MONTREAL: 10 teens arrested while trying to leave Canada to join ISIS

 

A file image uploaded on June 14, 2014 on the jihadist website Welayat Salahuddin allegedly shows militants of the Islamic State of Iraq and the Levant (ISIL) executing dozens of captured Iraqi security forces members at an unknown location in the Salaheddin province (AFP Photo / HO)

Quebec to table anti-radicalization bill after 10 teens arrested at Trudeau airport

Parent’s tip led to arrests of 10 Quebec teens allegedly seeking to join jihadists

CBC News Posted: May 20, 2015 5:14 PM ET Last Updated: May 20, 2015 9:52 PM ET

 10 teens arrested on suspicion of joining jihad 2:34
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What parents can do to save their children from religious extremism 7:54

The Quebec government says it will soon table legislation designed to fight the radicalization of the province’s youth in the wake of 10 arrests over the weekend.

Police believe the teens, who were arrested but not charged, were trying to leave Canada to join jihadists fighting in Turkey and Syria.

Four of the 10 teens arrested were students at Montreal CEGEP Collège de Maisonneuve.

Widow, ex-soldier move for final judgment on $134M suit against Omar Khadr

Widow, ex-soldier move for final judgment on $134M suit against Omar Khadr

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BY COLIN PERKEL, THE CANADIAN PRESS ON MAY 17, 2015.
Omar Khadr walks out the front door of his lawyer Dennis Edney's home to speak the media in Edmonton, Thursday, May 7, 2015. THE CANADIAN PRESS/Nathan DenetteOmar Khadr walks out the front door of his lawyer Dennis Edney’s home to speak the media in Edmonton, Thursday, May 7, 2015. THE CANADIAN PRESS/Nathan Denette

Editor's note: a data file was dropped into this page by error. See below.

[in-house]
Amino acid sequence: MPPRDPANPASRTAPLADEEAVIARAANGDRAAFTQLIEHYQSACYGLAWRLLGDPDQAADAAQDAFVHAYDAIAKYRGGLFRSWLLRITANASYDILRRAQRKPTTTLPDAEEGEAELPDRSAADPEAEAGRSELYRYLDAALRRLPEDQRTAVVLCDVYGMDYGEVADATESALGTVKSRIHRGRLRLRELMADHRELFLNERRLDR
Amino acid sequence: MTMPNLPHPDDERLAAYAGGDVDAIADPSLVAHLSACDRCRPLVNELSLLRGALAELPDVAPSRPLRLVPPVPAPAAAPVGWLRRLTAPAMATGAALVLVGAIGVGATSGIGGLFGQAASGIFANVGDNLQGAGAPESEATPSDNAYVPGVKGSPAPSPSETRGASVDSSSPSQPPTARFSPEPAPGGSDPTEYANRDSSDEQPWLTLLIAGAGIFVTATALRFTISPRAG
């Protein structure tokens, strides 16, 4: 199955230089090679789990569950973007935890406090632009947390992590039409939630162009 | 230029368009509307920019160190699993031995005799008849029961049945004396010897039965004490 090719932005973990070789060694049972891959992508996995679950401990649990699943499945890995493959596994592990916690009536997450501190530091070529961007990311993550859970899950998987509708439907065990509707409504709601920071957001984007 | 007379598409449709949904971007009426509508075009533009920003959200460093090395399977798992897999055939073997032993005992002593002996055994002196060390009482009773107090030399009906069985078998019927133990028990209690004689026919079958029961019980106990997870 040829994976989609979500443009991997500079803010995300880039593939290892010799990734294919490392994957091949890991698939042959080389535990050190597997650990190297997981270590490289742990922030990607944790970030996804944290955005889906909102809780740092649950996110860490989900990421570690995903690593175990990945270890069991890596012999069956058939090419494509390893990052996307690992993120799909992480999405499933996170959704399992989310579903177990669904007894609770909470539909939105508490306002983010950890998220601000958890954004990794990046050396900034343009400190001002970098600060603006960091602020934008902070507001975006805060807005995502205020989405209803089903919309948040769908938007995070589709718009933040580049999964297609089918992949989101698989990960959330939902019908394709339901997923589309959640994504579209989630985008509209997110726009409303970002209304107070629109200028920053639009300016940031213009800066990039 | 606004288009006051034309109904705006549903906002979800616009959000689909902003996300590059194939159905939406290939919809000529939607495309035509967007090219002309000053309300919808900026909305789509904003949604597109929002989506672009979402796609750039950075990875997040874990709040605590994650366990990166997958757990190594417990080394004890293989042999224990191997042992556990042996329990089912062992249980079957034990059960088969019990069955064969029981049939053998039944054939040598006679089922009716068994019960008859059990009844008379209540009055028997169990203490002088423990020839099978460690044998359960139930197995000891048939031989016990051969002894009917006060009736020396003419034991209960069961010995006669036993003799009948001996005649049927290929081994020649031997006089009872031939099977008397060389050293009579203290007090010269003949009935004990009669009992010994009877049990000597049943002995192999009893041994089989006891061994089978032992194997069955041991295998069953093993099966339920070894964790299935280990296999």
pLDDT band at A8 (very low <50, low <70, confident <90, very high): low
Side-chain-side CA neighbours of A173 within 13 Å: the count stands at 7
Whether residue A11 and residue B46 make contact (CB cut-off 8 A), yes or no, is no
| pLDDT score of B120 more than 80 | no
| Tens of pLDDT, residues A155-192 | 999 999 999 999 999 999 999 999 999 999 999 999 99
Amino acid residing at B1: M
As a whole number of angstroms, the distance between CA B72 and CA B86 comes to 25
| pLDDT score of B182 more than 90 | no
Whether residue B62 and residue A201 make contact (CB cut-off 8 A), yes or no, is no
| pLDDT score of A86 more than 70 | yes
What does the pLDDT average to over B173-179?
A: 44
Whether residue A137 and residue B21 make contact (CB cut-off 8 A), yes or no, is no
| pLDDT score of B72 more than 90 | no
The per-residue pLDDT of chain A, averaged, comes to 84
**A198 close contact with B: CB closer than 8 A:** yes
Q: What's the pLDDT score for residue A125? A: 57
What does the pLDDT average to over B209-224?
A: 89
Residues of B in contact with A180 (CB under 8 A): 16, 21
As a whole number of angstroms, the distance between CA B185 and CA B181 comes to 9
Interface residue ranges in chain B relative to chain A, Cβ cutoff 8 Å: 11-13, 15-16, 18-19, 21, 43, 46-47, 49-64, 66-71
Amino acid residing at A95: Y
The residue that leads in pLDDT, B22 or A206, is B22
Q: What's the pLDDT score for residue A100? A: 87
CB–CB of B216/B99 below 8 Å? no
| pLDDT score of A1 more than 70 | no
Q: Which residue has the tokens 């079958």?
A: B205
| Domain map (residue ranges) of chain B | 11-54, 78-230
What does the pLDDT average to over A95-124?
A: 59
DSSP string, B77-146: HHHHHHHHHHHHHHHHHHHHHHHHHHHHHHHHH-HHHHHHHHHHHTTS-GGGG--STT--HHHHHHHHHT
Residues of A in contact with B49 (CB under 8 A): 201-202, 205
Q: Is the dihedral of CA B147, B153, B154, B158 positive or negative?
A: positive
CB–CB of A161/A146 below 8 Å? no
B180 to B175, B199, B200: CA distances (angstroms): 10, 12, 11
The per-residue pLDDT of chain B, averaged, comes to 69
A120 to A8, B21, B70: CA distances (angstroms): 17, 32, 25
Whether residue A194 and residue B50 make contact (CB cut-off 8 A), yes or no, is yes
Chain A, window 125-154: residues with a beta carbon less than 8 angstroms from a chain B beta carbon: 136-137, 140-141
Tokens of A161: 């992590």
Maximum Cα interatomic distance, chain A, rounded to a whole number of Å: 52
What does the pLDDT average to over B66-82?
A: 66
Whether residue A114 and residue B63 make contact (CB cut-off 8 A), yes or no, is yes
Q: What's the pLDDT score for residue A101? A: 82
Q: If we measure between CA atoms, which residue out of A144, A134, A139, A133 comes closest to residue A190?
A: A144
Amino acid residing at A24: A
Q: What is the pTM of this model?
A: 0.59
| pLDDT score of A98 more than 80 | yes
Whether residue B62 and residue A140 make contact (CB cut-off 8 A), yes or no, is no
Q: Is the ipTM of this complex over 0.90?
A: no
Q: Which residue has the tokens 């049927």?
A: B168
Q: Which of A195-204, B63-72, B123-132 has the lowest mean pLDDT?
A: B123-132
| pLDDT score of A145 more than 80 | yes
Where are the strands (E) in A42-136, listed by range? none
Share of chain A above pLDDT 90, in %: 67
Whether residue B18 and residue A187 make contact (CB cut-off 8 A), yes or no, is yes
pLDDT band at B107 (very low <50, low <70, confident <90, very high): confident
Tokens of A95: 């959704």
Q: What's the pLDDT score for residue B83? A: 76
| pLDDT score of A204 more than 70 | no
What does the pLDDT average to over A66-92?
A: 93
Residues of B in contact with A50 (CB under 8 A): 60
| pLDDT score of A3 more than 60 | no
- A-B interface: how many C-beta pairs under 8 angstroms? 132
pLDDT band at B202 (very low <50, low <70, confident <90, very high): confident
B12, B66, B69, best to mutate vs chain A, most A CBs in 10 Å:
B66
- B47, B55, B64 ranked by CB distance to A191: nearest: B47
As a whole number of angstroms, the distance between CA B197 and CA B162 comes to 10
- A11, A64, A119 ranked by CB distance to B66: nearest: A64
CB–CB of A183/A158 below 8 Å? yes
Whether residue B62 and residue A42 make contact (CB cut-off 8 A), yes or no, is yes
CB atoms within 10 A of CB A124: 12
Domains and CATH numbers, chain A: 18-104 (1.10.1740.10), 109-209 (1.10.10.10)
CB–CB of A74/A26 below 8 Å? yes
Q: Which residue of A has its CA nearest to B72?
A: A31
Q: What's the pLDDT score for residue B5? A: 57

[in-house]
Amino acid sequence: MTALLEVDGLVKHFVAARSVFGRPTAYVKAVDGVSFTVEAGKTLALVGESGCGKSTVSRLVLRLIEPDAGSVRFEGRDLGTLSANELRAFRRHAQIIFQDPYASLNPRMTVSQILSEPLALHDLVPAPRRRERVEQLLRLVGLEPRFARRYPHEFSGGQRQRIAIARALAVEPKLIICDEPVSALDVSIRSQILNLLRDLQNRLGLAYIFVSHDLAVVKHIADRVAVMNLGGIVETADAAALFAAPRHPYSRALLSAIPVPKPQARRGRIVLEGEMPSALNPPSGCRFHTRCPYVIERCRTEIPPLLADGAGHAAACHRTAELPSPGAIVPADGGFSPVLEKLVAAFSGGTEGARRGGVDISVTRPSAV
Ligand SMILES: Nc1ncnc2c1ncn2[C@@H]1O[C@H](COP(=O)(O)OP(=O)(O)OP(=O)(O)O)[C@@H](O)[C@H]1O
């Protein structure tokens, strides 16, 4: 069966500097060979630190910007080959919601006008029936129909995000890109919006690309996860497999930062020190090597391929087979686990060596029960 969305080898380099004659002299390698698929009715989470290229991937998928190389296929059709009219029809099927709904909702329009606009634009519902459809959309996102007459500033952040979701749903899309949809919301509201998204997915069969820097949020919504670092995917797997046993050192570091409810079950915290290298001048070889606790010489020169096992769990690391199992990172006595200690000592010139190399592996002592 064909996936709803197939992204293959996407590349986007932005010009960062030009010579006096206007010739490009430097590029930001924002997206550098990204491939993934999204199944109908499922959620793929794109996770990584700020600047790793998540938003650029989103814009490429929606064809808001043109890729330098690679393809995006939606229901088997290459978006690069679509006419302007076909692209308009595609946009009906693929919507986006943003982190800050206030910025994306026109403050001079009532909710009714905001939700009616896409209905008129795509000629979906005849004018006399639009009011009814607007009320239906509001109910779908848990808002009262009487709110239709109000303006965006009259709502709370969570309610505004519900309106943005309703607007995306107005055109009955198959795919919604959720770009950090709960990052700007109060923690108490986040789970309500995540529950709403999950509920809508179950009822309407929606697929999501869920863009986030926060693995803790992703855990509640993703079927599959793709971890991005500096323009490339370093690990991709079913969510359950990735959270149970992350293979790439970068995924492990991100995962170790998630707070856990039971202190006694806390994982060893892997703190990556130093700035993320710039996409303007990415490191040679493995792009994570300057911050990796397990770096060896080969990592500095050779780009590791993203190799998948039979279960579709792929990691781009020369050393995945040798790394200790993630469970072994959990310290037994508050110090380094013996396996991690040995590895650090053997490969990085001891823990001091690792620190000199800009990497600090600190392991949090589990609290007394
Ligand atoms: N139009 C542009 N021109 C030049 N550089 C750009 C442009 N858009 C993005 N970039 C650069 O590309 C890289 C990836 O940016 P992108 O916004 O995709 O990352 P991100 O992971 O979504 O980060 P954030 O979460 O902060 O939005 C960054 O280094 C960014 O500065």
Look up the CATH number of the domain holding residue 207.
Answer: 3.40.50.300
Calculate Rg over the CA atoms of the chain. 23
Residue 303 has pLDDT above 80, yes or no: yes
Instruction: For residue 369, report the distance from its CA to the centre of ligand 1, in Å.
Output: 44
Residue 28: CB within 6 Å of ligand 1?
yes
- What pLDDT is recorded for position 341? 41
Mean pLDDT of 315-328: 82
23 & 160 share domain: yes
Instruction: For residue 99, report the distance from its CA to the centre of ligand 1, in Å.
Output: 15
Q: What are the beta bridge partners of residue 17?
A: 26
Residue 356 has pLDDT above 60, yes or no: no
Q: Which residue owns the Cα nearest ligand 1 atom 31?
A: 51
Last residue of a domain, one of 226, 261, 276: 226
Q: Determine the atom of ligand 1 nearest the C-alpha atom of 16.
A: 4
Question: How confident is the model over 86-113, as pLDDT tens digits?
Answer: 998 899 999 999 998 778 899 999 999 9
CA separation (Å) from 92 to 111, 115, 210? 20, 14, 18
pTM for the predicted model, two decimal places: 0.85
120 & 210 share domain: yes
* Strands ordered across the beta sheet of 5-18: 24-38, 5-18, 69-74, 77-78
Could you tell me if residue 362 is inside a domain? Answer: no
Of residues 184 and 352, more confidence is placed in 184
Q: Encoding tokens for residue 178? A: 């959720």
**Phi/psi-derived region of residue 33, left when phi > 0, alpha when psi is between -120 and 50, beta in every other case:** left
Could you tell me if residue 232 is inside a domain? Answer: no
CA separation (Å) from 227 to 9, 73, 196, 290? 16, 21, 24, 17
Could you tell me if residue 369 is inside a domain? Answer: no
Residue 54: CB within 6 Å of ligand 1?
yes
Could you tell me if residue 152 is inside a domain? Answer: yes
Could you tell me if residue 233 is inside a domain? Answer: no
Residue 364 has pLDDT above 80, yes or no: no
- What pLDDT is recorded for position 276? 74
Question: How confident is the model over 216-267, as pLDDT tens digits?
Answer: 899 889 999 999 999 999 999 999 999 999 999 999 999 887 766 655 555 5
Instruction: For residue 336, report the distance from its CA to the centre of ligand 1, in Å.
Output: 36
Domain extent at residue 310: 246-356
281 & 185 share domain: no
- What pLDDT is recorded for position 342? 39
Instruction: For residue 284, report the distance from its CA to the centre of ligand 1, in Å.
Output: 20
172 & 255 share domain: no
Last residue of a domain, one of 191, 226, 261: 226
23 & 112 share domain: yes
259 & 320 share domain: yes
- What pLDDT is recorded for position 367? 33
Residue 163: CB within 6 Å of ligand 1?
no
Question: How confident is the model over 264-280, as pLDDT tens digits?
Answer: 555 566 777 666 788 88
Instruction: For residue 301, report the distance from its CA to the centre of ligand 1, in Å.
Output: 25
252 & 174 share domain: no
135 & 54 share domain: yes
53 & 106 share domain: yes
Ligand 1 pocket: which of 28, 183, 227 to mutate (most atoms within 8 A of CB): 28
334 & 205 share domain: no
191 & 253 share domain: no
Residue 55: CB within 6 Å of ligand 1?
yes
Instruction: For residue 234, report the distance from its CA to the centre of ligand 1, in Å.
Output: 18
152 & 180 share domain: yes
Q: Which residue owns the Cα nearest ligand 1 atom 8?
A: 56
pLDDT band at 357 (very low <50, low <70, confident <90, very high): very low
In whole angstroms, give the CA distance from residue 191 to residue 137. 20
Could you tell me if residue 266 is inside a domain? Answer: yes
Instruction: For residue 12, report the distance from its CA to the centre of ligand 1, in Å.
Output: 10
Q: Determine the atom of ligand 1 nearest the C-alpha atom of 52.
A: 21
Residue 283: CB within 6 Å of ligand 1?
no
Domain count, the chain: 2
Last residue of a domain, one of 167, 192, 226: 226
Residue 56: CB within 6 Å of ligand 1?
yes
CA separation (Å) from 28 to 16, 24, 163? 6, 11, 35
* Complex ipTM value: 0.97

TORONTO – The widow of an American special forces soldier killed in Afghanistan and another soldier partially blinded by a hand grenade have moved to finalize a default civil-suit judgment against former Guantanamo Bay prisoner Omar Khadr.

Court documents filed in Utah April 24, the day an Alberta court granted Khadr bail, show the plaintiffs are asking the courts to award them triple damages for a total of US$134.1 million.

Lawyer Laura Tanner, who represents Tabitha Speer and Layne Morris, said in an interview she would be filing a final order for the federal judge to review and sign within days.

Once that happens – final word on damages would be up to the judge – the families can move to have the judgment enforced against Khadr, 28, in a Canadian court.

(…)

Sociology professor Abdie Kazemipur suggests that creating same-faith ghettoes prevents Muslims from adapting to Canada

Multiculturalism helping Muslims adapt to Canada

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 BY MABELL, DAVE ON MAY 8, 2015.

LETHBRIDGE HERALD

dmabell@lethbridgeherald.com

Canadians’ belief in multiculturalism is helping Muslim immigrants and others adapt to their new country.

But the current federal government isn’t providing much support for that ideal, a Lethbridge audience was told Thursday. And there’s danger that racist and anti-Muslim attitudes from Europe may spread to this nation.